Just like solar names, hydrogen stocks have not been spared by the funding concerns that emerged in the wake of the banking crisis a couple of months ago, as most hydrogen projects require tens or even hundreds of million dollars financing.
But recent newsflow has been reassuring, with Plug Power reaffirming in recent days its revenue target of $1.4 billion for 2023, representing close to 100% year-on-year growth, without hinting at its low case guidance of $1.2 billion. In addition to this financial update, Plug Power’s investor day bolstered confidence in the company’s short-and long-term outlook.
In the near term, the company, which has been ramping output at its Rochester gigafactory to 100 MW/month, estimates it can almost double production thanks to process improvements and introduced a new product called HL 1500, which is the market’s first portable hydrogen refueler capable of resupplying commercial vehicles with hydrogen as quickly as diesel or other fossil fuels and which can be flexibly redeployed to multiple locations. The HL 1500 could then solve one of the hydrogen’s industry main challenges, which is the lack of a permanent refueling infrastructure, and then provide upside to near term revenue expectations.
Longer term, Plug Power announced its ambitions to produce over 2,000 tons of hydrogen daily, deploy 1 GW of stationary power products, ship 5 GW of electrolyzers annually, deliver 500,000 fuel cell-powered forklift trucks, and collaborate with Renault to have 100,000 HyVia (Hydrogen Vehicle Integration Architecture) vans on the road. To deliver on these expectations, the company provided valuable insights into its manufacturing facilities, including the Rochester gigafactory and Vista manufacturing facility, showcasing their ability to deliver hydrogen solutions at scale.
In the same vein, Bloom Energy also reaffirmed its guidance at its recent investor day, with a target of 30-35% revenue CAGR towards $4-$5 billion in 2026 and a 15% operating margin by 2025 (compared to an estimated EBIT breakeven in 2023), reflecting its confidence in a $2 trillion TAM for its hydrogen products.
Overall, it looks like the hydrogen industry is not suffering from any specific impact from the spring banking crisis such as project delays or cancellations. To the contrary, hydrogen adoption keeps ramping up fast, with traction notably visible in the stationary power segment and in Europe.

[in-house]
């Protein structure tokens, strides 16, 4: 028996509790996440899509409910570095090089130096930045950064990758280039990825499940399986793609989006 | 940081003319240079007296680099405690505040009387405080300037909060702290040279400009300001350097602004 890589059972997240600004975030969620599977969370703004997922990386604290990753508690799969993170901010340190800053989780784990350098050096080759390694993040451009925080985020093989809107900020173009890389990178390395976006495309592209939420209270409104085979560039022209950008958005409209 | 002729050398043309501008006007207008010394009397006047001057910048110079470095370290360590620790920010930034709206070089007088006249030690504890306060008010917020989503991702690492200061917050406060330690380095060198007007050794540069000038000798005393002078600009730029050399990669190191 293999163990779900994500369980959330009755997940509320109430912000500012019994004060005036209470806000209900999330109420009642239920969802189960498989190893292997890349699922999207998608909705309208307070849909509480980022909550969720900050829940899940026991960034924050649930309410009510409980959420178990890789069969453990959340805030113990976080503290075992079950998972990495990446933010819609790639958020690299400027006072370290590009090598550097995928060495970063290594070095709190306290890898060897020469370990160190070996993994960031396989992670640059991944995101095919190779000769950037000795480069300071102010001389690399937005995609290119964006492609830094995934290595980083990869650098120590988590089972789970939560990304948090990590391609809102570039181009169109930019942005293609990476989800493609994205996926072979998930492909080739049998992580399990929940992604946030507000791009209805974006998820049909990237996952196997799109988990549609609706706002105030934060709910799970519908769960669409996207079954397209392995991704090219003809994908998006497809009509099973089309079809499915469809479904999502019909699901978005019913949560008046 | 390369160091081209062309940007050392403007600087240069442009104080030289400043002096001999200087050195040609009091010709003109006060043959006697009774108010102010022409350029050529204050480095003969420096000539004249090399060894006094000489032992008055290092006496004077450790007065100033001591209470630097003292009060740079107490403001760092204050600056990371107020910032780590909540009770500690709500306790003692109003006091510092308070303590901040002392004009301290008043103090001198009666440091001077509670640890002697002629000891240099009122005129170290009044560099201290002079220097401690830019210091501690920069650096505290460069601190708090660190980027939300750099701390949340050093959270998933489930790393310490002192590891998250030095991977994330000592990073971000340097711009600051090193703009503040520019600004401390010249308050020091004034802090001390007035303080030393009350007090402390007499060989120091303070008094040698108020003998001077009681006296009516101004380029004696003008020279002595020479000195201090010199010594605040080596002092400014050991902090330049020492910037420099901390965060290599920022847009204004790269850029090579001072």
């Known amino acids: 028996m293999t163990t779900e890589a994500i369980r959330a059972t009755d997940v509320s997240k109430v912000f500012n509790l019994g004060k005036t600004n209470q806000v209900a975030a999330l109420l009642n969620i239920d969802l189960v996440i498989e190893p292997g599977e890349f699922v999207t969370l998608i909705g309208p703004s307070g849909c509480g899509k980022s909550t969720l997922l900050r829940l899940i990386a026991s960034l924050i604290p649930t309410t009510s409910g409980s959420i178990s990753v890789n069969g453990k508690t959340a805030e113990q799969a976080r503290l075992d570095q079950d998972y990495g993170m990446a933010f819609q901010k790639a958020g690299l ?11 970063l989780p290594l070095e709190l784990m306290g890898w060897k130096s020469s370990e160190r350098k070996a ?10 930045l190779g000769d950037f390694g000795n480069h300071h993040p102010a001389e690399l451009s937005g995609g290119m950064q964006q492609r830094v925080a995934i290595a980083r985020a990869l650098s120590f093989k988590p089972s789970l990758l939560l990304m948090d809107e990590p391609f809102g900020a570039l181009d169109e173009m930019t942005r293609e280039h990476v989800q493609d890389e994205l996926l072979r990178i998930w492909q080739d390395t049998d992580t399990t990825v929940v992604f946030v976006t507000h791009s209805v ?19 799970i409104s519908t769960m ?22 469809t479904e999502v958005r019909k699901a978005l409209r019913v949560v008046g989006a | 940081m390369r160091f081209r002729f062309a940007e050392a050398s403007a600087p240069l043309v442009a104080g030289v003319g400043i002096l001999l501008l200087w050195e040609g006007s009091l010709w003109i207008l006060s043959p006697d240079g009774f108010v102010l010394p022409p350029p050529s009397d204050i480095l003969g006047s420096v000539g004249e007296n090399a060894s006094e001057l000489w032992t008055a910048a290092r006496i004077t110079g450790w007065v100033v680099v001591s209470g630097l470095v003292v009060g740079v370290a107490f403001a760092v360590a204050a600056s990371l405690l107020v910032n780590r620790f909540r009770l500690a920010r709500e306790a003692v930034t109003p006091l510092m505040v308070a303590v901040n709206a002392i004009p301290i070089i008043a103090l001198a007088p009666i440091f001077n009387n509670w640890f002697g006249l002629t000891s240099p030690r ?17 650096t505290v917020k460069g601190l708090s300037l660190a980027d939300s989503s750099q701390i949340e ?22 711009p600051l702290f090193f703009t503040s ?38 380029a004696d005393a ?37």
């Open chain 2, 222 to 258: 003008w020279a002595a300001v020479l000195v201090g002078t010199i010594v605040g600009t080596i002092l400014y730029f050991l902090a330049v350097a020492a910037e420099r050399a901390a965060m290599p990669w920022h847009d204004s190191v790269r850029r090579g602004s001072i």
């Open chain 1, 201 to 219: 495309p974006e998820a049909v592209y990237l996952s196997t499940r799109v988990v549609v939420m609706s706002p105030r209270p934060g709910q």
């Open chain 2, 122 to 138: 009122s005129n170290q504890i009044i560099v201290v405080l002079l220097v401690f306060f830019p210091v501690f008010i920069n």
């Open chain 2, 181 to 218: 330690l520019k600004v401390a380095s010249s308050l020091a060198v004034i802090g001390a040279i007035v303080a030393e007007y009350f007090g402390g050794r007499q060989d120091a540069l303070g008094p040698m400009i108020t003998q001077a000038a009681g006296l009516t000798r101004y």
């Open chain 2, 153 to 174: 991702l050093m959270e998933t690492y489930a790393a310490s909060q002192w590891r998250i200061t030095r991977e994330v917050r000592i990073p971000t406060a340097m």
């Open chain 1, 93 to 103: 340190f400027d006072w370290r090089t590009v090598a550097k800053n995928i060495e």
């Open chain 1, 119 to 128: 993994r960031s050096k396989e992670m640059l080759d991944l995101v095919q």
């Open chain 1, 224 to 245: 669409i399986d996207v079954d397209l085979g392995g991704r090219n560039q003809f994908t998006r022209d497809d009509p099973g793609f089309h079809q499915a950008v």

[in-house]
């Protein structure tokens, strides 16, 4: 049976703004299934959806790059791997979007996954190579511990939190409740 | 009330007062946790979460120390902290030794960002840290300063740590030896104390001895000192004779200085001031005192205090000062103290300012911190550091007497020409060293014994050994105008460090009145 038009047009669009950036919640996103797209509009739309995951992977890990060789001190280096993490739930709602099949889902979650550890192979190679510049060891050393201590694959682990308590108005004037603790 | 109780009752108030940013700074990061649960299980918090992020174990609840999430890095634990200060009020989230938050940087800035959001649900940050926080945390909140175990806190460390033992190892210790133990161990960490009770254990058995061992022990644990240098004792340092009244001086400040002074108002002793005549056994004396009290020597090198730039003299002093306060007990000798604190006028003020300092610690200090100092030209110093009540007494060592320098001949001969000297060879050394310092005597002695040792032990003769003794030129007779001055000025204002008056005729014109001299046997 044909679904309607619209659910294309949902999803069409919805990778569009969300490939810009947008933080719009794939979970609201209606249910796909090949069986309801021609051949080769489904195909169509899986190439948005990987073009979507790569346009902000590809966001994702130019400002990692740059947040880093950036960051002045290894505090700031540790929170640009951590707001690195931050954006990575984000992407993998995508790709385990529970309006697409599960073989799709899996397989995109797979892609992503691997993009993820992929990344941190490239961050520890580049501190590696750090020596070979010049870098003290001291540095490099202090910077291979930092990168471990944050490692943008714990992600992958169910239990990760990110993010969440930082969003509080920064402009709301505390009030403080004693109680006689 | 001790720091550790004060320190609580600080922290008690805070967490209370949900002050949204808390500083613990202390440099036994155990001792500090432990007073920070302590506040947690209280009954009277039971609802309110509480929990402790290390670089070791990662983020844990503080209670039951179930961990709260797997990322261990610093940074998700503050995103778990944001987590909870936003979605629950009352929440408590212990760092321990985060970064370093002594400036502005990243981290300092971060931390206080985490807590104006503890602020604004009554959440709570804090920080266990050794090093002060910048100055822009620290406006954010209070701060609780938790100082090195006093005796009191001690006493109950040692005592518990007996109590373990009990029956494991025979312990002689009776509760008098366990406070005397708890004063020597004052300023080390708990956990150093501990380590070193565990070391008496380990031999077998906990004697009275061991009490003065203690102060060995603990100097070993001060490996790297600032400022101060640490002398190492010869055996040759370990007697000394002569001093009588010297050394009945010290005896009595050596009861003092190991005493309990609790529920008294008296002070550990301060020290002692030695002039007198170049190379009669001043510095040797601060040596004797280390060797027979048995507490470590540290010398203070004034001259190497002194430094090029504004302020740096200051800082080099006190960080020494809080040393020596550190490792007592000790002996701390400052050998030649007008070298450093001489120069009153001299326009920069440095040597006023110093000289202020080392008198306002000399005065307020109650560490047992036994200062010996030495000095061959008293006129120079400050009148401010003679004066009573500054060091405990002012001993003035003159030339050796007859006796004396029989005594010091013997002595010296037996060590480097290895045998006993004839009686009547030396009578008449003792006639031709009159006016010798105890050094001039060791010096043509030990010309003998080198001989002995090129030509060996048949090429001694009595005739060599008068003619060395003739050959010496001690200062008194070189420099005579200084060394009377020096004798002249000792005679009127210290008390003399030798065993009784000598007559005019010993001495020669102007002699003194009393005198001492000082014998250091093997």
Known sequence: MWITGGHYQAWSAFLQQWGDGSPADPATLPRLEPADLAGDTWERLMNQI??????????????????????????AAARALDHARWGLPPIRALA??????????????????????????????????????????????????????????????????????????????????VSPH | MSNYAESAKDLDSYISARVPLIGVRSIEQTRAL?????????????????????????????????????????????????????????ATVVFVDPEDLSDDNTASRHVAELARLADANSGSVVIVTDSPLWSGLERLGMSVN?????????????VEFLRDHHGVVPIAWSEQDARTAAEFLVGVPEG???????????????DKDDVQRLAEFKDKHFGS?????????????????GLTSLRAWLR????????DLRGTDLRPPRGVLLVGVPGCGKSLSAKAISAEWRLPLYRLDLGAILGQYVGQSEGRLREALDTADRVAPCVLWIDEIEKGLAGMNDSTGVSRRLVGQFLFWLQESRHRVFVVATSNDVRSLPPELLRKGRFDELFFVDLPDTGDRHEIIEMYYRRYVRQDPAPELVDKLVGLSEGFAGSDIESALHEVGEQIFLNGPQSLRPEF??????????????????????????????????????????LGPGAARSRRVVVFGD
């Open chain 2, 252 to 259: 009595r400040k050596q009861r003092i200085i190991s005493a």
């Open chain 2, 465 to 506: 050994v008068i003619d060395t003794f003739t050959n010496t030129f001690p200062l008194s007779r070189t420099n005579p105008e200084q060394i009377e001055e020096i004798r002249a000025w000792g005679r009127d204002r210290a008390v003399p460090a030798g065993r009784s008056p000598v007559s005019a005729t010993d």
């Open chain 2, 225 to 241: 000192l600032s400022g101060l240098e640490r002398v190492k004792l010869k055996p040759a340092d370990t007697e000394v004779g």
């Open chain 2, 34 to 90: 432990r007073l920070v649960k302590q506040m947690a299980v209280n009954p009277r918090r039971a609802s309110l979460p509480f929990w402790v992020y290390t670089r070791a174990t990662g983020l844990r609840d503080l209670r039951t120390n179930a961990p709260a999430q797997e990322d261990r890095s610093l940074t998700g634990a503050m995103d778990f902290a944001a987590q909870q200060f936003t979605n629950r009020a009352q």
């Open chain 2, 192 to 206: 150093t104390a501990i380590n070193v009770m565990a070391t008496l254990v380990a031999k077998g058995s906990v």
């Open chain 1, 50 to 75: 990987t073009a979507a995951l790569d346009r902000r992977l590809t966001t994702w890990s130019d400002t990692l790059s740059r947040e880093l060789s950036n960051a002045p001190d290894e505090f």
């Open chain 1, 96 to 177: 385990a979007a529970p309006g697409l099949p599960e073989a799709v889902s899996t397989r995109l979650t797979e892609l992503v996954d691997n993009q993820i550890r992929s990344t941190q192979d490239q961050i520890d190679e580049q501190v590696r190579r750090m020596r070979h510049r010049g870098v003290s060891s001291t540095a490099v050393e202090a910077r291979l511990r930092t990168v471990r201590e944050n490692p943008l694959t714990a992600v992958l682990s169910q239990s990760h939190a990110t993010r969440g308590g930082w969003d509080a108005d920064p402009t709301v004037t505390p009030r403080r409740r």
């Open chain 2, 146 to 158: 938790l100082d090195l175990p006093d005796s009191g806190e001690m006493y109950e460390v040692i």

In stationary power, recent order momentum has been strong with Plug Power landing an 8 MW contract to provide hydrogen fuel cell power to Energy Vault, ensuring the delivery of clean energy to Calistoga, California during critical situations like emergencies and wildfires. If successful, the project would validate Plug’s PEM (Proton Exchange Membrane) technology as a back-up solution for utilities and open up a massive market to the company.
Meanwhile, Bloom Energy signed an agreement with oil and gas producer Perenco to install 2.5 MW of solid oxide fuel cells on an onshore oil field in England, marking the company’s entry into the UK market and paving the way for its expansion in Europe.
Opportunities actually abound in the power stationary market: on top of utilities and energy/industrial businesses, the data center segment represents a massive end-market as it faces a material rise in energy consumption with the advent of AI and as it seeks to ditch its back-up generators running on diesel for clean hydrogen-based solutions. Last year, Microsoft and Plug successfully completed a test of a three-megawatt hydrogen fuel cell system capable of powering around 10,000 computer servers and the Tech giant is now expected to move to a larger roll out.
Europe is another powerful growth driver, as illustrated by Bloom’s deal with Perenco and by Plug’s flurry of electrolyzer supply deals and production projects in the region in recent weeks, confirming that the old continent is rapidly shifting to hydrogen.
Plug landed three deals in Europe for its electrolyzers with Ardagh Glass Limmared AB, Hydro Havrand and the APEX Group, for the use of green hydrogen in glass manufacturing, aluminum recycling and steel manufacturing processes. It also announced plans to develop three green hydrogen production facilities in Finland expected to produce 850 tons per day, that would make it one of the leaders in green hydrogen production in Europe by the end of this decade.
In conclusion, hydrogen adoption and growth momentum seem well on track in spite of macro headwinds and a tougher funding environment. As Plug Power and Bloom Energy scale their operations, profitability, which is on all investors’ minds in the current environment, should rapidly improve with operating margins now expected to be in the mid teens by 2025. This would put PE multiples at reasonable levels in 2025 (in a 15x – 20x range) and cheap levels in subsequent years (below 10x).
Obviously, this does not come without risks (project execution, continued cost inflation…). But even taking more cautious assumptions (say an operating margin around 10% for Bloom in 2025 and 12% in 2026), the stock would trade at slightly more than 20x earnings in 2025 and 13x 2026, not unreasonable multiples in light of its strong growth profile.